In a traditional change of the watch ceremony held on Jan. 6, at the Crescent Beach Club, U.S. Coast Guard Auxiliary Flotilla 12-03, of Glen Cove, installed Robin Morrel as its new commander. Atlantic Area East Division Commander John Petrowski administered the oath to Morrel, who succeeded Commander Donald Batorsky at the helm of the 41-member command.
After a call to order, the national anthem was sung, followed by the “missing man” ceremony commemorating those service personnel still listed as missing in action. Oaths of the new commander and vice commander were then administered, and new staff officers and flotilla members were sworn. Batorsky and Morrel each gave brief addresses, followed by special awards.
The auxiliary, which dates its initial founding to a 1939 act of Congress, is an all-volunteer organization tasked mainly with educating the public in all areas of boating safety. “We teach classes at all levels, from children up to experienced sailors,” Morrel said. “But we also participate in other public-service events, like the Night Out Against Crime,” the annual national initiative sponsored by Crime Stoppers.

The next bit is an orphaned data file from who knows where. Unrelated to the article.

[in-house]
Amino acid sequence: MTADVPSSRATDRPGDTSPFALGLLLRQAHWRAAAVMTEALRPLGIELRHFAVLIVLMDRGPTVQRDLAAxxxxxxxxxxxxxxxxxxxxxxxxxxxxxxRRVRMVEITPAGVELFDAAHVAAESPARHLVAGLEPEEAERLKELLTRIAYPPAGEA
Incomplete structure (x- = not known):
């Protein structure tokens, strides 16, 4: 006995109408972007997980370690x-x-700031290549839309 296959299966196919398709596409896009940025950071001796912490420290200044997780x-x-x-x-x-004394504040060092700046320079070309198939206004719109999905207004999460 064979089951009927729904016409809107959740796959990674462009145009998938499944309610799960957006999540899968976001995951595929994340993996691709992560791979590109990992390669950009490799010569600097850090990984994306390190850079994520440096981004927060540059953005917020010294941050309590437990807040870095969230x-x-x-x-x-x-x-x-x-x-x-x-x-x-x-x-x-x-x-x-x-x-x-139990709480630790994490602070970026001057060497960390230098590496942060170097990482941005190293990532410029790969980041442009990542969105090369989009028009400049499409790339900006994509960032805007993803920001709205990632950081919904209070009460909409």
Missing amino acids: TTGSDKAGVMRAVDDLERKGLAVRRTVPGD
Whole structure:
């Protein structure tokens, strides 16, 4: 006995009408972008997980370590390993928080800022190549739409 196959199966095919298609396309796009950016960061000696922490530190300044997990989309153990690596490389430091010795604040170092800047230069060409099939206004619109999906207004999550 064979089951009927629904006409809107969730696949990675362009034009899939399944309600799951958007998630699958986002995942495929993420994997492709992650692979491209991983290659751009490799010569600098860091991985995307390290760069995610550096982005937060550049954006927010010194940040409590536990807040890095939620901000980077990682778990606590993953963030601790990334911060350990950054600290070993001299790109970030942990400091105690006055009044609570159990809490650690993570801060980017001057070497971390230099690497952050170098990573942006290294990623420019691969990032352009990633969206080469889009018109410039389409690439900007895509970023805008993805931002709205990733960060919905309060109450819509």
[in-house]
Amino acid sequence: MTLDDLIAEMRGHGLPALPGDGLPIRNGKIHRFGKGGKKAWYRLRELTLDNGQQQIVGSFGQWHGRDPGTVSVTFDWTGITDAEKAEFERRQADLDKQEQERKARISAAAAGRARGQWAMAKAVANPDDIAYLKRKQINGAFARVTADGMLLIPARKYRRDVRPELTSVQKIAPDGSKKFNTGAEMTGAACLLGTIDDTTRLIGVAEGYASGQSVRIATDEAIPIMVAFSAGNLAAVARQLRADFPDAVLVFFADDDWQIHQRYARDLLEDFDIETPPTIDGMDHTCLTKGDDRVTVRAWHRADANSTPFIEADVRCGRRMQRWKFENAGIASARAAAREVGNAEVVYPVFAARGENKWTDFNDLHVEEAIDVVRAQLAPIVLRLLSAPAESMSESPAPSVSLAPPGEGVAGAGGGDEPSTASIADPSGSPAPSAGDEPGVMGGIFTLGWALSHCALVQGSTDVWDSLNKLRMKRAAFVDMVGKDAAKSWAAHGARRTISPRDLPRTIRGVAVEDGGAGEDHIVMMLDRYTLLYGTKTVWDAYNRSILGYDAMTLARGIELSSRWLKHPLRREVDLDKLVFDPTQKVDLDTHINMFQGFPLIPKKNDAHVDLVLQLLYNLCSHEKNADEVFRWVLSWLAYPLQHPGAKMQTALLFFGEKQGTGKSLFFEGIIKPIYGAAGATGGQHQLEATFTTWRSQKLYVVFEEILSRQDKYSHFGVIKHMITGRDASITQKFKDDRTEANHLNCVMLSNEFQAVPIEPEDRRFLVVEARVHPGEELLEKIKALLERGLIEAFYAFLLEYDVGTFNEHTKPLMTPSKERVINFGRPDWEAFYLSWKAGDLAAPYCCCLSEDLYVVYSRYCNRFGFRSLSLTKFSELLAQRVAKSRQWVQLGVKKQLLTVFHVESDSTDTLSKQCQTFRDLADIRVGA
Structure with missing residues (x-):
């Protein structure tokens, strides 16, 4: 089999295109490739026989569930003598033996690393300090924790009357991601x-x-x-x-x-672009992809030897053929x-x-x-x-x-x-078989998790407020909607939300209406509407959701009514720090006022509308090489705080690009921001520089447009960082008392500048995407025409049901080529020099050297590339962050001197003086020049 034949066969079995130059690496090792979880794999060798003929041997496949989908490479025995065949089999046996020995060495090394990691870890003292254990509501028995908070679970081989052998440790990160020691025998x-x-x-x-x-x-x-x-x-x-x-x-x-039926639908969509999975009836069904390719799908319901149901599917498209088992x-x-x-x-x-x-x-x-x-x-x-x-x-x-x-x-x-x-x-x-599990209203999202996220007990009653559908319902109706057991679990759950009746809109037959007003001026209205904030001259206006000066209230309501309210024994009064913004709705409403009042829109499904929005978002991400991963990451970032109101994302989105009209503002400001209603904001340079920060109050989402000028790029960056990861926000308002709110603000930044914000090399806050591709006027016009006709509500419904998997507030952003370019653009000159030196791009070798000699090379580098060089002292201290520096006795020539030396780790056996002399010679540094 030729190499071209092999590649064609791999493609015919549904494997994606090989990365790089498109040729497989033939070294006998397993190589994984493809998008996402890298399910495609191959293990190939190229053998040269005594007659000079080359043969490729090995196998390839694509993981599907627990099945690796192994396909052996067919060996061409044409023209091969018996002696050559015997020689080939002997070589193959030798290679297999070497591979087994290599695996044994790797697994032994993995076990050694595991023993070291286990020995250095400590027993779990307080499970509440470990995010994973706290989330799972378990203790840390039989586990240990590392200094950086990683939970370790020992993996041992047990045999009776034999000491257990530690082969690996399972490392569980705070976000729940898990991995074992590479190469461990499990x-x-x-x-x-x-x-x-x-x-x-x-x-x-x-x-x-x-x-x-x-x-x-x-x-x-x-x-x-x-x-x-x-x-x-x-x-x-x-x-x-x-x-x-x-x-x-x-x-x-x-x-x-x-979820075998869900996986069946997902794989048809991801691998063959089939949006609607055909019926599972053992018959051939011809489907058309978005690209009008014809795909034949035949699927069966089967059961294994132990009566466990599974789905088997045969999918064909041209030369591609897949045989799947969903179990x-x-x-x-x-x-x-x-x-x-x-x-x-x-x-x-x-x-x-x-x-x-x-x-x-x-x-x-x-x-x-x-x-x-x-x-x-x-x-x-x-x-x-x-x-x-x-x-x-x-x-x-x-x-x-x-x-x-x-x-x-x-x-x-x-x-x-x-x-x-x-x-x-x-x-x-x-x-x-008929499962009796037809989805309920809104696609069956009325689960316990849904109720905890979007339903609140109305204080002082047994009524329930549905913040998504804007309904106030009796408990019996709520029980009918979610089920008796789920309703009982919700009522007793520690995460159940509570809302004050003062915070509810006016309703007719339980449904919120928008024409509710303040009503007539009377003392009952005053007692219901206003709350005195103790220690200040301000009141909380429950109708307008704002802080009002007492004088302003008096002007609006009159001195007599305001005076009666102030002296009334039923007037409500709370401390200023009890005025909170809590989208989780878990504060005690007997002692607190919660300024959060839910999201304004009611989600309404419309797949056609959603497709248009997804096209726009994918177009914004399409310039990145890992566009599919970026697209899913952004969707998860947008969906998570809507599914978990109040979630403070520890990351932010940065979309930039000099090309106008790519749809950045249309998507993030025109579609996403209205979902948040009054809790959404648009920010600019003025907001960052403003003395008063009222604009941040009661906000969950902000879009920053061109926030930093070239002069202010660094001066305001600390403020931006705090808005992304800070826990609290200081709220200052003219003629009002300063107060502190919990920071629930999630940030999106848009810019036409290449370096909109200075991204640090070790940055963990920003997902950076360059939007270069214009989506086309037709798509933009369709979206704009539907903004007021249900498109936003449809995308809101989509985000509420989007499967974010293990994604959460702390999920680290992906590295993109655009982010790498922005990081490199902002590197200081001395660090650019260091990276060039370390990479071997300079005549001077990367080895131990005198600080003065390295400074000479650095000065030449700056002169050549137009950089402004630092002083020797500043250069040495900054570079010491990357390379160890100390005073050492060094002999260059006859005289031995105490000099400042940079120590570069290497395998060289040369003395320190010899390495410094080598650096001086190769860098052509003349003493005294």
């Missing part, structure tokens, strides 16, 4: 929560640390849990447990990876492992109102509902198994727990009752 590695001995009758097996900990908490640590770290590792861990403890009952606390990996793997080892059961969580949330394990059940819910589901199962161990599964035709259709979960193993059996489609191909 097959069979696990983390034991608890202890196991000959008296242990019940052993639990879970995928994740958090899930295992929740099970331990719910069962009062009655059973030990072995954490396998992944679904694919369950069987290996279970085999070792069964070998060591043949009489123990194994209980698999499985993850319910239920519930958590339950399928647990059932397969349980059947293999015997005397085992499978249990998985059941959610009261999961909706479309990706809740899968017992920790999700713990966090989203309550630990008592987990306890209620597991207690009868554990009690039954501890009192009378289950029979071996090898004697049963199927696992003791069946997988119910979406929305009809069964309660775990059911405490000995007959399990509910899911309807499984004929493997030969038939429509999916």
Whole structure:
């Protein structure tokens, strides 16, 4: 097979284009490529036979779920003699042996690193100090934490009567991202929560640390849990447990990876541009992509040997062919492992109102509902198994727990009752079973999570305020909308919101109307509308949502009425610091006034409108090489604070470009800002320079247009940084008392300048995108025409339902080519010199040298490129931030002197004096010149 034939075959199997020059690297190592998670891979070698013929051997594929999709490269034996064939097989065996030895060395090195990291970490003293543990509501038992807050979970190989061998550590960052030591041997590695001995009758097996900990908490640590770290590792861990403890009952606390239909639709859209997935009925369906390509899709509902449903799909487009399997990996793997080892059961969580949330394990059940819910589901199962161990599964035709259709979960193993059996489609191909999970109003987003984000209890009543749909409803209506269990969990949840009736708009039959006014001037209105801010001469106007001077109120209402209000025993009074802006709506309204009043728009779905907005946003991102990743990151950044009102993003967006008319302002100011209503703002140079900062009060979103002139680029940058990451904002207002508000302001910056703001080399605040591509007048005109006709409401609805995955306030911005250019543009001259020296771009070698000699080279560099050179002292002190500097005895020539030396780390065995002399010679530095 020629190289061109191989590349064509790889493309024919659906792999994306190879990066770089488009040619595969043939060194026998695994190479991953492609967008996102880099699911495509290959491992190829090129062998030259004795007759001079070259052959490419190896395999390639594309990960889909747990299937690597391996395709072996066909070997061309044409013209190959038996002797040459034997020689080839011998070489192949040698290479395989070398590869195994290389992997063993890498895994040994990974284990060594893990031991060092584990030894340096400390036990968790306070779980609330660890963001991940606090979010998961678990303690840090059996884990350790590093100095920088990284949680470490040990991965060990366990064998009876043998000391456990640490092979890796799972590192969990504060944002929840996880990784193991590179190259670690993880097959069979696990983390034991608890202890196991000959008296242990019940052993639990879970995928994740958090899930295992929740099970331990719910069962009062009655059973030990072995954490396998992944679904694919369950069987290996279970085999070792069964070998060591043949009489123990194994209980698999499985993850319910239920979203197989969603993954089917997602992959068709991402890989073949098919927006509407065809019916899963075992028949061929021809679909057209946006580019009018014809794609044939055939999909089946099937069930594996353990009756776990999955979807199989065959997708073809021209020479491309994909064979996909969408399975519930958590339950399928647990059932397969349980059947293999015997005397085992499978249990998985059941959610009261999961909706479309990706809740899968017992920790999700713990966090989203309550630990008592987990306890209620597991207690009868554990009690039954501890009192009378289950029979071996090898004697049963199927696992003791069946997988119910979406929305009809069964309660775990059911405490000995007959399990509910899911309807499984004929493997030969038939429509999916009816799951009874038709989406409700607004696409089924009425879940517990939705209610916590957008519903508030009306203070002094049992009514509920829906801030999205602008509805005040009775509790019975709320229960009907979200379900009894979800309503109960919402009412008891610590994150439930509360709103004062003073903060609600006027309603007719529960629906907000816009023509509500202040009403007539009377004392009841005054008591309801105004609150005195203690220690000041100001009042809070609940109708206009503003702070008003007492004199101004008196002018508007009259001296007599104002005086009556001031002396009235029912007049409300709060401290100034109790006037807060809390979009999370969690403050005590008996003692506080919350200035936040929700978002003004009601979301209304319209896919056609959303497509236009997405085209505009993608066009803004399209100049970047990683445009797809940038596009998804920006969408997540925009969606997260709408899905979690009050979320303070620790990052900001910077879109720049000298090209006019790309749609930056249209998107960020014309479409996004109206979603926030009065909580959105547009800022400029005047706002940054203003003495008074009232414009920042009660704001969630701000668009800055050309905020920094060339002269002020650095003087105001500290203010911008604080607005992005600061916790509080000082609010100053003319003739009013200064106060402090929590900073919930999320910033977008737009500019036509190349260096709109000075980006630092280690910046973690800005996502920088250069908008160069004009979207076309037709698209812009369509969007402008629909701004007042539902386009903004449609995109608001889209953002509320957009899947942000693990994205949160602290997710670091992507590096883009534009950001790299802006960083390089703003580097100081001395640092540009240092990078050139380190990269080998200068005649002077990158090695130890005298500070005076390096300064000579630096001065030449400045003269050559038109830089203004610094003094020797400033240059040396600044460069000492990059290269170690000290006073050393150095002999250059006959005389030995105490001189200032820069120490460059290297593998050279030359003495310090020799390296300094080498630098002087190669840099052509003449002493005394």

Morrel, who is a four-year veteran of the auxiliary, is the first woman in more than 30 years to be elected commander. She served two terms as vice commander before being tapped for her current post. She will serve a one-year term and is eligible for a second consecutive term. She serves alongside her husband, Public Affairs Officer David Morrel.
Although the auxiliary is no longer a sea-going force, “at the beginning of World War II, we were assigned to patrol the coastline looking for submarines — in wooden boats,” said Petrowski, whose division includes the entire eastern seaboard, as well as Puerto Rico.
The current structure and functions of the auxiliary date to 1957, when the force was reorganized, according to veteran staff officer and flotilla historian Roger Gould, whose three rows of ribbons attested to his more than 30 years of membership in the group. He was honored at the event for his work in compiling and cataloguing the auxiliary’s 77-year record of service.
It is clear that service is a driving motive for these women and men. Auxiliaries undergo regular training, and conduct boat inspections in addition to their teaching responsibilities. And like most auxiliaries interviewed, Gould, the Morrels and Petrowski all work full-time jobs in addition to their Coast Guard duties.
Since the auxiliary is not integrated into the Coast Guard’s command structure, its officers are not entitled to any privileges of rank, although Coast Guard non-coms “may salute me as a courtesy,” Morrel said. But they do have access to the PX. And they share the same motto as their sea-going counterparts: Semper Paratus (always prepared). “We go when no one else will,” Morrel said with obvious pride.